Our first job with Abeona was to move her to her summer home. With Goblin there was month after month of project to be completed before we could sail her. Abeona? Turn the key and head out.

Day 1, Belfast Maine to Rockland Maine

We left Belfast, Maine with the four of us and our friend Jenna. Extra crew on a new boat is always a good thing, especially extra crew that my kids adore.

Timing was a challenge. Because Abeona was tucked in on the inside of a dock with shallow water between her and sea, we needed to leave at close to high tide. The weekend in question made this either six in the morning or early afternoon. Six in the morning, not super light, no extra hands on the dock to get out of a tricky corner, on our first time moving the boat, or in the afternoon, when we’ve been sitting around half the day and so have to plan a short sail. Afternoon won. We played all kinds of games to get out of our corner slip, walking the boat back, pivoting her with lines still in place, but made it out of the marina without much stress.

From there we had an uneventful trip from Belfast to Rockland. The day was still, as our first days always tend to be when we are forced onto a schedule, so we motored along and got used to the feel of a new hull.

We settled in for the night in Rockland harbor.

Day 2, Rockland Maine to Georgetown Maine

Day two was chilly and windy, spring in Maine after all, and more and more layers of clothing were added as the day went on. The sea was also a lot more stirred up than we were expecting. We’ve sailed a very similar sea state with Goblin and it was pretty miserable. On Abeona we still felt the sea state strongly but were able to find a comfortable course and got used to the rhythm.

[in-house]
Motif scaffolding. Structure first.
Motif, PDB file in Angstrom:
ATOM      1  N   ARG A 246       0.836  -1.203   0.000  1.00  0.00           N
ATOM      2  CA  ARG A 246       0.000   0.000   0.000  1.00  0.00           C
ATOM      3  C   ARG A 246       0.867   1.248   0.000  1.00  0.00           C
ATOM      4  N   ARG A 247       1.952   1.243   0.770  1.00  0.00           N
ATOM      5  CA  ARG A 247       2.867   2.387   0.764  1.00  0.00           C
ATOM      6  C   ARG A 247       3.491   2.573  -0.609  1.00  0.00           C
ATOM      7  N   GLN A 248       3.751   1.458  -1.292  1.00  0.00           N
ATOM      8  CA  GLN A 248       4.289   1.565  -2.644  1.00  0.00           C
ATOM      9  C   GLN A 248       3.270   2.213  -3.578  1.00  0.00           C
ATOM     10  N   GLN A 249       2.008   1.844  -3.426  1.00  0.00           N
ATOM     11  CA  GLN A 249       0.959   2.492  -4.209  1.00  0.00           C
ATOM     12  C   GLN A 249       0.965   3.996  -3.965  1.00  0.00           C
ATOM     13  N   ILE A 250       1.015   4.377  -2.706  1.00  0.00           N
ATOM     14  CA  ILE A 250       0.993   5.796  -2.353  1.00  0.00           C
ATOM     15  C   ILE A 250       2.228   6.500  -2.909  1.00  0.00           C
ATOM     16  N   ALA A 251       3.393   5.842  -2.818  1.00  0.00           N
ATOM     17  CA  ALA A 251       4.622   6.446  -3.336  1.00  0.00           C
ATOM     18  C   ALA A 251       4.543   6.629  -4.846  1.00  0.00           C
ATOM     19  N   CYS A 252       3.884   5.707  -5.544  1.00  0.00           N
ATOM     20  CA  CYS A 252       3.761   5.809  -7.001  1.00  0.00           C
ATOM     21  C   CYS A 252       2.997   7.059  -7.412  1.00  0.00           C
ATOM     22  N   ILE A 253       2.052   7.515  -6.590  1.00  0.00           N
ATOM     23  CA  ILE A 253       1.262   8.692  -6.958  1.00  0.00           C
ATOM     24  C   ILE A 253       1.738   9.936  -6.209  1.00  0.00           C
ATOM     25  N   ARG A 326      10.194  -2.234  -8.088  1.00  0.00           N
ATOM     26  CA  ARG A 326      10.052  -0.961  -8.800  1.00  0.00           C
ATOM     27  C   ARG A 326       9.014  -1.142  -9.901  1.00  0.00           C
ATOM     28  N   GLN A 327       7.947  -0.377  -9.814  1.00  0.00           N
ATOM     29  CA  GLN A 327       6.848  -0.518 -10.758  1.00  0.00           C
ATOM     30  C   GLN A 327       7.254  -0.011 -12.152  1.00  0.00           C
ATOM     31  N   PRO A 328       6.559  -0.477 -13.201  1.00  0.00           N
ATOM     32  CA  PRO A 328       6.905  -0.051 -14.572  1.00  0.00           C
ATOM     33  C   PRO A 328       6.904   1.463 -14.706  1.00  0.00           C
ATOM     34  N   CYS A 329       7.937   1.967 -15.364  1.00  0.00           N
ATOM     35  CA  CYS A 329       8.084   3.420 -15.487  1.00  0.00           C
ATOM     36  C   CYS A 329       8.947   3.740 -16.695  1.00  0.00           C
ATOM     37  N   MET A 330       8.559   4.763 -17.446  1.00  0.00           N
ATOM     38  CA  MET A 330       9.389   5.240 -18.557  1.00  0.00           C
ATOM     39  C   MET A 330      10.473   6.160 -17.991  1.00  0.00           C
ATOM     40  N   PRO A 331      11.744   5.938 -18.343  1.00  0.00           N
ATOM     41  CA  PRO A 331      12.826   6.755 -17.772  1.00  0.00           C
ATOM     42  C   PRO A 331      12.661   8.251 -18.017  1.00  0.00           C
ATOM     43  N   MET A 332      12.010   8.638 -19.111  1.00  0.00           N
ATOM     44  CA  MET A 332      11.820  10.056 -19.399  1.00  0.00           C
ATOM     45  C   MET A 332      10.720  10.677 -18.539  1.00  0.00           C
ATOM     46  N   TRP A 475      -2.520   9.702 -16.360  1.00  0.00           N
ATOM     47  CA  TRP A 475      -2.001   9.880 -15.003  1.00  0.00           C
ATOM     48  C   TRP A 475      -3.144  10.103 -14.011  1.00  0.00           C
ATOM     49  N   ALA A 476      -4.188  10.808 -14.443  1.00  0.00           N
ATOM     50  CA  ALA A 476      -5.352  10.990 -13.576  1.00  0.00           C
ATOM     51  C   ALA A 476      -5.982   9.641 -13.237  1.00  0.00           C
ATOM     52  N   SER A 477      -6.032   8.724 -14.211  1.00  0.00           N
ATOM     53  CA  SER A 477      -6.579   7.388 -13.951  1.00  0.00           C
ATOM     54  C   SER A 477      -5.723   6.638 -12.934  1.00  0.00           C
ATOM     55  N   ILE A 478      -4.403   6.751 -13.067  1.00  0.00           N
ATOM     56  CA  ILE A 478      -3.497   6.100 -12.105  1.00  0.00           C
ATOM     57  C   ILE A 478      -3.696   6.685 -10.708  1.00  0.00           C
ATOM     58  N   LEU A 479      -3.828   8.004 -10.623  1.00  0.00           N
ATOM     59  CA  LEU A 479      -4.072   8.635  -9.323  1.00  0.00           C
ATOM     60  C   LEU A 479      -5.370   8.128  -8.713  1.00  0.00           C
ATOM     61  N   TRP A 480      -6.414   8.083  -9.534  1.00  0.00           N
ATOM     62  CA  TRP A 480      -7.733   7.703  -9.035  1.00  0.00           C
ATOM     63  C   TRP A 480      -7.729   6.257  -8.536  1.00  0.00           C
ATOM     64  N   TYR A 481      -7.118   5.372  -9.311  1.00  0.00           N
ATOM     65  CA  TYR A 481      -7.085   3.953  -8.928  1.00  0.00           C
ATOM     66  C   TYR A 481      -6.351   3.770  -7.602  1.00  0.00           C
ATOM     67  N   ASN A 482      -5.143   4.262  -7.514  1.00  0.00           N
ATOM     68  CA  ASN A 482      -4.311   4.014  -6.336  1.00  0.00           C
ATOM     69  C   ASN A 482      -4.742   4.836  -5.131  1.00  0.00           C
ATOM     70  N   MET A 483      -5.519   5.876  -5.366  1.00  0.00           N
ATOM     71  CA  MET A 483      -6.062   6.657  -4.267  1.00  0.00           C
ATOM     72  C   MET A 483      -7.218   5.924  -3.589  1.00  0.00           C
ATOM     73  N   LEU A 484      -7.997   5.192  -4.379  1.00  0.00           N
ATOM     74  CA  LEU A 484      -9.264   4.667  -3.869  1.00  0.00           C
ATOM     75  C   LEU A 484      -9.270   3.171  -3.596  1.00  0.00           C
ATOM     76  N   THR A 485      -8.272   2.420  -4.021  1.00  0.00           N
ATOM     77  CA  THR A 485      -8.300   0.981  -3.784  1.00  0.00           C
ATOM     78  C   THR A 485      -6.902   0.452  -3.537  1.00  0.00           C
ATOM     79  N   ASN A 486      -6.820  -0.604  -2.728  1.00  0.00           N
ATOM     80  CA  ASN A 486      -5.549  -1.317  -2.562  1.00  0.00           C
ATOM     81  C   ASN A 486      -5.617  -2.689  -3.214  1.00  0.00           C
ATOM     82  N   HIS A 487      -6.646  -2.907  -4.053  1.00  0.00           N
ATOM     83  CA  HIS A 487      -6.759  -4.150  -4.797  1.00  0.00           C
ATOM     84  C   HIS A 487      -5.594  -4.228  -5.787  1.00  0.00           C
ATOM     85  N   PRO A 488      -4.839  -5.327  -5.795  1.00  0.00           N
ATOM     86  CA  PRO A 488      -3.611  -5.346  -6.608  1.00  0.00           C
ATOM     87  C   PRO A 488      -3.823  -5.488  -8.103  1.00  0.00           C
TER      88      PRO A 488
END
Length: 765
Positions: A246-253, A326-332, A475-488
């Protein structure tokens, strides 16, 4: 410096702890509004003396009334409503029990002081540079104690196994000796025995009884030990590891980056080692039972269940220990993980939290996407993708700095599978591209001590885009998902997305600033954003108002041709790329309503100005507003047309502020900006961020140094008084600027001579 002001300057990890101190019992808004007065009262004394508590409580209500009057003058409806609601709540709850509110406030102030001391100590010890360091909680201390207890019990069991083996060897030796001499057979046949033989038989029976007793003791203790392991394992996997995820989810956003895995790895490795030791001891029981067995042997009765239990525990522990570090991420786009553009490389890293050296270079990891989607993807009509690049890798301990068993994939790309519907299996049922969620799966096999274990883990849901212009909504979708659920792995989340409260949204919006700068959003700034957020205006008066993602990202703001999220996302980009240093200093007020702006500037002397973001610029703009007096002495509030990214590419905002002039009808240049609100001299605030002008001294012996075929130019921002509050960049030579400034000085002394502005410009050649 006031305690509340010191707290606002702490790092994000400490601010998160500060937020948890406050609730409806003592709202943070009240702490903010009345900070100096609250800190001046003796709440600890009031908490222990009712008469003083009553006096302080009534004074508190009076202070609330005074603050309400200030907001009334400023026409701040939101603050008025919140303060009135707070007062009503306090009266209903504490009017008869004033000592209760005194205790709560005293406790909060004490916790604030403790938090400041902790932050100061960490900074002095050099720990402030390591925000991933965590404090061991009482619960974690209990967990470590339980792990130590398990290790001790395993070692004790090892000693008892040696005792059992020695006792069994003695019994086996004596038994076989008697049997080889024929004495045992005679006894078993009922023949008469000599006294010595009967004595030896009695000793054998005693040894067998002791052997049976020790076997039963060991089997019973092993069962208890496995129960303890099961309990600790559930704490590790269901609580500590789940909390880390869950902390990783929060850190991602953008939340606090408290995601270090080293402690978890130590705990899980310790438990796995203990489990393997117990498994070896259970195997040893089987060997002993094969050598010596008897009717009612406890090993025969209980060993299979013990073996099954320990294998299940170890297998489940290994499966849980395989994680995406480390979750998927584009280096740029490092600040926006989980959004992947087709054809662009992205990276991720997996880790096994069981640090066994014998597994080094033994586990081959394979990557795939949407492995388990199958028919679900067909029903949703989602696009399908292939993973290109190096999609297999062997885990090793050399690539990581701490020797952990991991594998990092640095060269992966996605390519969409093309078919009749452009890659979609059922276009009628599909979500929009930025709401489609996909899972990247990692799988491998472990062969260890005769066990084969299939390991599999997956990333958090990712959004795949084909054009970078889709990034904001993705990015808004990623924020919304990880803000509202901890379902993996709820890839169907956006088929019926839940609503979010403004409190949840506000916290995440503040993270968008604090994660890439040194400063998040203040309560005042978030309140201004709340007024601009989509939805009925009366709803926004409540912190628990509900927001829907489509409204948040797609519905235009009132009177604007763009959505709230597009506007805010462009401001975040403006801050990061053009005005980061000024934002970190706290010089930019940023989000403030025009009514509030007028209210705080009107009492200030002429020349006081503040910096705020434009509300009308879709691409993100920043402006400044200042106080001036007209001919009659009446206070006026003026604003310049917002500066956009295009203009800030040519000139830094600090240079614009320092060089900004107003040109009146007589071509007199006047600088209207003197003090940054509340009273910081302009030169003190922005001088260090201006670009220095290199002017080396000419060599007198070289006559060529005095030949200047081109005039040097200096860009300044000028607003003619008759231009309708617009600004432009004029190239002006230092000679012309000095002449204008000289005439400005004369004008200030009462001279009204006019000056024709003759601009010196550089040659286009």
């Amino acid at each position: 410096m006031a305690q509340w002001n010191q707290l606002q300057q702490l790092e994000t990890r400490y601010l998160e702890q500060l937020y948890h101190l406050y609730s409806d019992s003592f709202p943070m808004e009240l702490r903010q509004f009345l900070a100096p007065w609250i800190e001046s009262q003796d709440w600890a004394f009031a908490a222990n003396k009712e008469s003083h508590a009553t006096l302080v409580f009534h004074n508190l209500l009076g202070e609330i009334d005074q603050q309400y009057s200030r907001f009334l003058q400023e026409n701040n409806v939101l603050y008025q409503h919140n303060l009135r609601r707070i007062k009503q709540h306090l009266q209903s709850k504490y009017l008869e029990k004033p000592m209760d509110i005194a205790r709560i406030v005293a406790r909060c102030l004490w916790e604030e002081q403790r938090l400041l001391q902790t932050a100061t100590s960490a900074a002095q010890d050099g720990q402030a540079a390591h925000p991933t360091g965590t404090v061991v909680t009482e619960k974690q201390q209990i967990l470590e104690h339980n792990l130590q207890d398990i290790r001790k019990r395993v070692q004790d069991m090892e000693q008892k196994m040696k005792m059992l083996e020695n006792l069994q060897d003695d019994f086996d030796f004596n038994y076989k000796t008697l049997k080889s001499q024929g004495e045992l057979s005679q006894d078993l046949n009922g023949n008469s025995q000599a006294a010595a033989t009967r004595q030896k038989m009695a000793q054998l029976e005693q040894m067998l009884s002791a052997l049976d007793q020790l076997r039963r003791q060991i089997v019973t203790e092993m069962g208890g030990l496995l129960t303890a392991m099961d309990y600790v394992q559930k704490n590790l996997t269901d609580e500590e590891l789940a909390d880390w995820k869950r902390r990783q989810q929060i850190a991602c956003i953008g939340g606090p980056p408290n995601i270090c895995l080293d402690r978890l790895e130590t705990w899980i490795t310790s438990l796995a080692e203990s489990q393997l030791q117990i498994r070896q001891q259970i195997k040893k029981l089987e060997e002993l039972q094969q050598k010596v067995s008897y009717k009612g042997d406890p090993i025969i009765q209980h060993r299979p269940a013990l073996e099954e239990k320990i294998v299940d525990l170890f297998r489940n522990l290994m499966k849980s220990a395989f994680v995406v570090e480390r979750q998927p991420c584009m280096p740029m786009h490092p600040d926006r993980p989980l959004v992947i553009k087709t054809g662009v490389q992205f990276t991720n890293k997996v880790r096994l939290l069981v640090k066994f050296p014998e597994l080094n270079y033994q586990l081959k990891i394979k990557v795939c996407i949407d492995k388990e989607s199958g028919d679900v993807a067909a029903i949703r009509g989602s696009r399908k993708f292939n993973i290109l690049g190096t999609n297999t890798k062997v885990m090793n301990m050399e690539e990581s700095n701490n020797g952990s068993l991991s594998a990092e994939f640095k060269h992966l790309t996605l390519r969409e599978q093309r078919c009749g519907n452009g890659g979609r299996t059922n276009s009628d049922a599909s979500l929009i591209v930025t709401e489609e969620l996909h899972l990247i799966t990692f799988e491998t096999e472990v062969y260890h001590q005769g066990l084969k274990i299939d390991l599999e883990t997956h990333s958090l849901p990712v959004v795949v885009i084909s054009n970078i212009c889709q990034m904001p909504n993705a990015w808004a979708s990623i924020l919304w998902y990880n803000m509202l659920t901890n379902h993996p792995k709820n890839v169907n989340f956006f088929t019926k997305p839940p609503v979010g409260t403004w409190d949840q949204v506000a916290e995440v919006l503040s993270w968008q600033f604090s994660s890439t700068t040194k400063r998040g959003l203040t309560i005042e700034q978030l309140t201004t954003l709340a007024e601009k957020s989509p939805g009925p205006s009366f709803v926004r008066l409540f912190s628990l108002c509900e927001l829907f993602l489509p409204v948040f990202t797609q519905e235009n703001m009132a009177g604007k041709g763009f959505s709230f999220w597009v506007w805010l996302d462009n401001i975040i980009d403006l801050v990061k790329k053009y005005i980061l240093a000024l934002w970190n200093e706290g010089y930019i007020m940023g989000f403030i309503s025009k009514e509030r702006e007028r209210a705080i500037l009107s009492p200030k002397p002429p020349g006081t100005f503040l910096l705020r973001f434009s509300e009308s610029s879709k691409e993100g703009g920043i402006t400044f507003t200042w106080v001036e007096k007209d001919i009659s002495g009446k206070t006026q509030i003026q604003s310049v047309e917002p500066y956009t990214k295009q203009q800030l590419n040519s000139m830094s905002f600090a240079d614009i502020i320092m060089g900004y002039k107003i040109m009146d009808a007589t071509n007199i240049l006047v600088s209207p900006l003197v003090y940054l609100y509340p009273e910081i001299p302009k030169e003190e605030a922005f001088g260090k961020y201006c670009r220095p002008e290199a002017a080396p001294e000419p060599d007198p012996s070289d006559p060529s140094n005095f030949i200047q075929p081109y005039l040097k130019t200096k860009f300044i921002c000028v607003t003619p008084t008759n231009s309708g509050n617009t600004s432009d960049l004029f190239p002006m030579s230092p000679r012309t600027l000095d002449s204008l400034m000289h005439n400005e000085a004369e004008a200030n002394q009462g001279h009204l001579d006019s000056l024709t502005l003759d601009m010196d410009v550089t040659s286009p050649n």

Owen settled himself on the floor of the pilot house to read (odd kid, he feels better if he can’t see the horizon) while Kinsley curled up on her bed for a brief (six hour!) nap.

I feel a bit disloyal, but Abeona is so much nicer to sail than Goblin. She cuts the water much smoother and I find myself having to fight much less with the current. That said, she’s clearly designed for someone a good bit taller than me. I switched between standing on tiptoes, kneeling on the benches, and standing legs wide apart. Adding height to the cockpit floor is high on the priority list.

We ended the transit by sailing through the familiar waters of the Sheepscot River. Rounding into the river the temperature went up a good fifteen degrees, the wind died down, and the water around us smoothed. It was glorious. Kinsley woke up and joined us just as we picked up our mooring.

Abeona is settled into her summer home in Georgetown, Maine. We’re spending the summer splitting our time between our boat shaped home and our sailboat, slowly transitioning ourselves from one to the other.

Thanks to Jenna for the extra hands, the enthusiasm, and many of the photos!